Helping the hairless...

GUERNSEY men and women undergoing any cancer treatment which causes hair loss are entitled to two free wigs - that's one better than the scheme offered by the NHS.

One wig is paid for by Health and the other by the Guernsey Society for Cancer Relief.

But the choice has to be made from a brochure provided by UK firm Banbury Postiche, which is kept at Bulstrode House.

Here is a good selection, but if nothing seems to suit and you want another design, then you must find and finance it.

Oncology nurse Sue Freestone and volunteer Jean Gomes - wife of Dr Peter Gomes, the oncologist - have been to the UK to see how hairdressers work with cancer patients in Portsmouth.

They learnt that it was important for people to have two wigs, so that one can be washed while the other is worn. And they heard about special care products.

'When we came back it was accepted without a problem and now all patients can have two wigs and their care products paid for by the Pink Ladies, whatever type of cancer they have and whether they are men or women,' said Sue.

She said there was no right or wrong way to approach hair loss it is up to the individual. Although she is happy to offer what advice she can, she and the other staff involved are not hairdressers.

Only about one in 10 women decides not to bother with a wig. The vast majority of patients who choose the option are female, but there have been three men in the past five years who have taken up the offer. There are samples available to try on at Bulstrode House and Sue and Jean will ensure you have some privacy while you try out different styles.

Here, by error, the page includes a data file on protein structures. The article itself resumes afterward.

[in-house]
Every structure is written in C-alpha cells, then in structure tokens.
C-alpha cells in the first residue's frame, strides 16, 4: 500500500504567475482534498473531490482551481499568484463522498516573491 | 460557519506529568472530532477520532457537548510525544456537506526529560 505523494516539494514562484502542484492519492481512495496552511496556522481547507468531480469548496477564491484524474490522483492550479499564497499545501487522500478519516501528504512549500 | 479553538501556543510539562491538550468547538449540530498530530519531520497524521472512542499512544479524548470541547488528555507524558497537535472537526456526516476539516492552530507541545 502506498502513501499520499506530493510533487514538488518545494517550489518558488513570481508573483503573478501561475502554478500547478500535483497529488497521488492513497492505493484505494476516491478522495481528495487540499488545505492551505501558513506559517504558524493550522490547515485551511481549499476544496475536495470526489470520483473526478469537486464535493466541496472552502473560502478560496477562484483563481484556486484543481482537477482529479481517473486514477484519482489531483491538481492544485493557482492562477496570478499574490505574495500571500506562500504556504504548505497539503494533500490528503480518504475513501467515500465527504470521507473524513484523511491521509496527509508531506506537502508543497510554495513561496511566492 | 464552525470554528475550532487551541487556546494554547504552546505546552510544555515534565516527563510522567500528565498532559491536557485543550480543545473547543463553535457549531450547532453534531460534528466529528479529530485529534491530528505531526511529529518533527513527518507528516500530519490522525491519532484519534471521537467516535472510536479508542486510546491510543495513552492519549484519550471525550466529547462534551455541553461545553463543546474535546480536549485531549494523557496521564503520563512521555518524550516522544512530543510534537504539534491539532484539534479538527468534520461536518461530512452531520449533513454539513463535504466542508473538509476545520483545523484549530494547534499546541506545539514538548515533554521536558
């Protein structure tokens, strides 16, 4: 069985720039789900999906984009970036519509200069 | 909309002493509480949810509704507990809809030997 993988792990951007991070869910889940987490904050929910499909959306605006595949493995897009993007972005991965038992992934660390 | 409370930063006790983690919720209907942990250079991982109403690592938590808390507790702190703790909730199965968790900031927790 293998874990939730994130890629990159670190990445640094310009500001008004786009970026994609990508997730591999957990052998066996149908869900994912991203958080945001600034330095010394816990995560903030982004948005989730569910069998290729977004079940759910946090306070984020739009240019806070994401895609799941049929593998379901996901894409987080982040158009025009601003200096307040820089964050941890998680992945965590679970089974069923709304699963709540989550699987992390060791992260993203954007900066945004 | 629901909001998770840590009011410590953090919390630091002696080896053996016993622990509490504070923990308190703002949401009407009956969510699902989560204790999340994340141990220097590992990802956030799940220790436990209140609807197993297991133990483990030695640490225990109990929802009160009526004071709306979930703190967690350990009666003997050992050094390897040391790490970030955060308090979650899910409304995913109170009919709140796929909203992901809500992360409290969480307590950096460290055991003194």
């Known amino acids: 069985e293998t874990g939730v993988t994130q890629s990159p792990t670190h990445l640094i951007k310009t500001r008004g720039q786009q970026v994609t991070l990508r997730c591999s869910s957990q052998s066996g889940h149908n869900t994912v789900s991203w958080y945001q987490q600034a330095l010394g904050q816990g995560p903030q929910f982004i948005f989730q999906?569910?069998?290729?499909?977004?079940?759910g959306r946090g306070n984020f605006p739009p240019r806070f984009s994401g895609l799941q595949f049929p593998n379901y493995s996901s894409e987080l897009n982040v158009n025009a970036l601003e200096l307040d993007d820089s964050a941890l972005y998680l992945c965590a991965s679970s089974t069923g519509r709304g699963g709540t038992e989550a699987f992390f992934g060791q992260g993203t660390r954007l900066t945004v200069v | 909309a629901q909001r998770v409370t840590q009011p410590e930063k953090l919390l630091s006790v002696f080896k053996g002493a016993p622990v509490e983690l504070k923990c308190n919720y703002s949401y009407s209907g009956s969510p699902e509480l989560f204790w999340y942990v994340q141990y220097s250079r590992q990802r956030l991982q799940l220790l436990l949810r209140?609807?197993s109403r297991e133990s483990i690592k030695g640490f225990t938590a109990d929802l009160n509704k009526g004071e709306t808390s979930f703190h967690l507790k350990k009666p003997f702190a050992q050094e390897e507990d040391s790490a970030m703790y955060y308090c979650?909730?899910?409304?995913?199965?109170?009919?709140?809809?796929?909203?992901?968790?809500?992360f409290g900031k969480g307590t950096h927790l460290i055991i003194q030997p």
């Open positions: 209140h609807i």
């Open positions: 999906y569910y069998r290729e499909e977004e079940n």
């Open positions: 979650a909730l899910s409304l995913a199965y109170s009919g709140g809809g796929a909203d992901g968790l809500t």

Sue said: 'When a cancer diagnosis is made and people know they will have treatment, the most common questions are: will I be sick and will I lose my hair?'

But she said it's a common misconception that everyone having the treatment will suffer alopecia - it all depends on the type of drugs used and not all chemotherapy treatments will have this side effect. And it's rarely immediate,

Once the patient knows his or her drug protocol, the staff are able to advise whether hair loss is likely to happen - and when.

It usually starts three to six weeks after treatment begins. But once treatment stops, it grows back, although initially it may be a different texture and some people find that it can even be a different colour.

'Hair follicles are susceptible to change when the chemical environment changes,' said Malcolm Shaw, the lead cancer nurse, who explained that chemotherapy disrupts the growth of cells.

'Chemotherapy interacts with hair follicles and causes thinning or stops it functioning, which results in hair falling out.'

Hair loss is drug-specific and patients can usually be warned well in advance so they can prepare, he said. Not all chemotherapy drugs cause it and sometimes the loss is so small that it is hardly noticeable. With breast cancer and melanoma treatments, hair loss is pretty certain but it's not the case for all treatments for ovarian cancer, for example.

It's not just head hair that goes - eyebrows and even lashes and nasal hair can also be lost.

Experienced beauty therapists can help to restore eyebrows with expertly applied crayon and use eyeliner to help shape the eyes.

Malcolm said having a wig can be vital for the way patients feel about themselves.